Types of Accounts

    Getting Started
    Beginner
    Intermediate
    Advanced
    Trading Strategies

    • Getting Started
    • Beginner
    • Intermediate
    • Advanced
    • Trading Strategies
  • 1.1 Introduction
  • 1.1.1 Foreign Exchange
  • 1.1.2 How Forex Is Unique
  • 1.1.3 Making And Losing Money
  • 1.1.4 Buying And Selling
  • 1.1.5 Currency Quotes
  • 1.1.6 Most Traded Pairs
  • 1.1.7 Brokers
  • 1.1.8 What Moves A Currency?
  • 2.1 Level 1 Forex Intro
  • 2.2 Level 2 Markets
  • 2.3 Level 3 Trading
  • 2.1.1 Currency Trading
  • 2.1.2 Currencies
  • 2.1.3 Reading A Quote
  • 2.1.4 More On Quotes
  • 2.1.5 Economics
  • 2.2.1 Forex Brokers
  • 2.2.2 Programs And Systems
  • 2.2.3 Research And Testing
  • 2.2.4 Leverage
  • 2.2.5 The Risks
  • 2.2.6 Forex Vs. Stocks
  • 2.2.7 The Pairs
  • 2.2.8 History Of The Forex
  • 2.2.9 History Of Exchange Rates
  • 2.2.10 Market Participants
  • 2.3.1 Trading Currencies
  • 2.3.2 Chart Basics (Candlesticks)
  • 2.3.3 Chart Basics (Trends)
  • 2.3.4 Chart Basics (Head and Shoulders)
  • 2.3.5 Economic Basics
  • 2.3.6 Interest Rates
  • 2.3.7 Entering A Trade
  • 2.3.8 Types of Accounts
  • 3.1 Level 4 Charts
  • 3.2 Level 5 Economics
  • 3.3 Level 6 Trading
  • 3.1.1 Technical Analysis
  • 3.1.2 Moving Averages
  • 3.1.3 Trends
  • 3.1.4 Resistance & Support
  • 3.1.5 Double Tops And Double Bottoms
  • 3.1.6 Bollinger Bands®
  • 3.1.7 MACD
  • 3.2.1 U.S. Dollar
  • 3.2.2 European Euro
  • 3.2.3 Japanese Yen
  • 3.2.4 British Pound
  • 3.2.5 Swiss Franc
  • 3.2.6 Canadian Dollar
  • 3.2.7 Australian/New Zealand Dollar
  • 3.2.8 South African Rand
  • 3.2.9 The Employment Situation Report
  • 3.2.10 Jobless Claims Report
  • 3.2.11 The Fed
  • 3.2.12 Inflation
  • 3.2.13 Retail Sales
  • 3.3.1 EUR-USD Pair
  • 3.3.2 Trading Rules
  • 3.3.2.1 Never Let a Winner Turn Into a Loser
  • 3.3.2.2 Logic Wins; Impulse Kills
  • 3.3.2.3 Never Risk More Than 2% Per Trade
  • 3.3.2.4 Trigger Fundamentally, Enter and Exit Technically
  • 3.3.2.5 Always Pair Strong With Weak
  • 3.3.2.6 Being Right but Being Early Simply Means That You Are Wrong
  • 3.3.2.7 Know the Difference Between Scaling In and Adding to a Loser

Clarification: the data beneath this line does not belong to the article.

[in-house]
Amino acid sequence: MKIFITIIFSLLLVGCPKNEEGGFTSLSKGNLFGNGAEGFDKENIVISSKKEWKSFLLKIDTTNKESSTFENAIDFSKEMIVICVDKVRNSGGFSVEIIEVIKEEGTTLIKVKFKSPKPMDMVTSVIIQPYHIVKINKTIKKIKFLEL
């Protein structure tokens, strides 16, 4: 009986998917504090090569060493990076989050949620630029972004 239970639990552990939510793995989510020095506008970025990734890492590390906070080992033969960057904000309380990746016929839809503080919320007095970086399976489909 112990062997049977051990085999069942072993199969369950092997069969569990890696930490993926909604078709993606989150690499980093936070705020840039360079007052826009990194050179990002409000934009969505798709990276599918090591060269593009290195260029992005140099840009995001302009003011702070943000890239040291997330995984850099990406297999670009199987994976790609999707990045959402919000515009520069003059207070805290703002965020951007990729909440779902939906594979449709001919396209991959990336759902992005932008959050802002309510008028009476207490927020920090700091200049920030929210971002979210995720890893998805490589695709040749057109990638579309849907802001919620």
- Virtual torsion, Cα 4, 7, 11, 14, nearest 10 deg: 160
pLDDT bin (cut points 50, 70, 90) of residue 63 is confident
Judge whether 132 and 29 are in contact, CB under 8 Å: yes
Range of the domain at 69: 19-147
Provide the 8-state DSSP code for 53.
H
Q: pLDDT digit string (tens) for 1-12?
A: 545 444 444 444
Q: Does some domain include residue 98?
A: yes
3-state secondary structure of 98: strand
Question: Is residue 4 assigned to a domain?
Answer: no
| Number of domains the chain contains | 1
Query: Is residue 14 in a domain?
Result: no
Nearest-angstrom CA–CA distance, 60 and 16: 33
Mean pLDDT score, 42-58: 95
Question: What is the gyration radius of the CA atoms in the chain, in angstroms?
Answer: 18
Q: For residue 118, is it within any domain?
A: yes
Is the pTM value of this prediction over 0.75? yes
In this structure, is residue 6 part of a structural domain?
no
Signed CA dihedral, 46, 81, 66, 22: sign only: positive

• 3.3.2.8 What Is Mathematically Optimal Is Psychologically Impossible
  • 3.3.2.9 Risk Can Be Predetermined; Reward Is Unpredictable
  • 3.3.2.10 No Excuses, Ever
  • 3.3.3 USD-JPY Pair
  • 3.3.4 GBP-USD Pair
  • 3.3.5 USD-CHF Pair
  • 3.3.6 Leverage
  • 3.3.7 Fundamental Speed Strategy
  • 3.3.8 Carry Trade
  • 3.3.9 Money Management
  • 3.3.10 Forex Futures
  • 3.3.11 Forex Options
  • 4.1 Charts
  • 4.2 Economics
  • 4.3 Trading
  • 4.1.1 Moving Average Explosions
  • 4.1.2 Moving Average Strategies
  • 4.1.3 Moving Average Flavors
  • 4.1.4 The Bearish Diamond
  • 4.1.5 Fibonacci
  • 4.1.6 Ichimoku Cloud
  • 4.1.7 Heikin Ashi
  • 4.1.8 Kagi Charts
  • 4.2.1 Economic Indicators
  • 4.2.2 Producer Price Index
  • 4.2.3 Home Sales
  • 4.2.4 Durable Goods
  • 4.2.5 Consumer Confidence Index
  • 4.2.6 Commodities
  • 4.2.7 Economic Theories
  • 4.3.1 Pivot Points
  • 4.3.2 Bond Spreads
  • 4.3.3 Tweezers
  • 4.3.4 Options
  • 5.1 Short Term
  • 5.2 Medium Term
  • 5.3 Long Term
  • 5.1.1 Memory Of Price
  • 5.1.2 Pivot Points
  • 5.1.3 Gaps
  • 5.1.4 Momentum
  • 5.1.5 Stops
  • 5.1.6 Non-Farm Payroll
  • 5.2.1 Why Medium Term?
  • 5.2.2 Gold And The Aussie
  • 5.2.3 Turn Trade
  • 5.2.4 Commodity Channel Breakouts
  • 5.3.1 Directional Tactics
  • 5.3.2 Multiple Time Frames
  • 5.3.3 Open Interest
  • 5.3.4 COT Report
  • TAGS:

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    Day Trading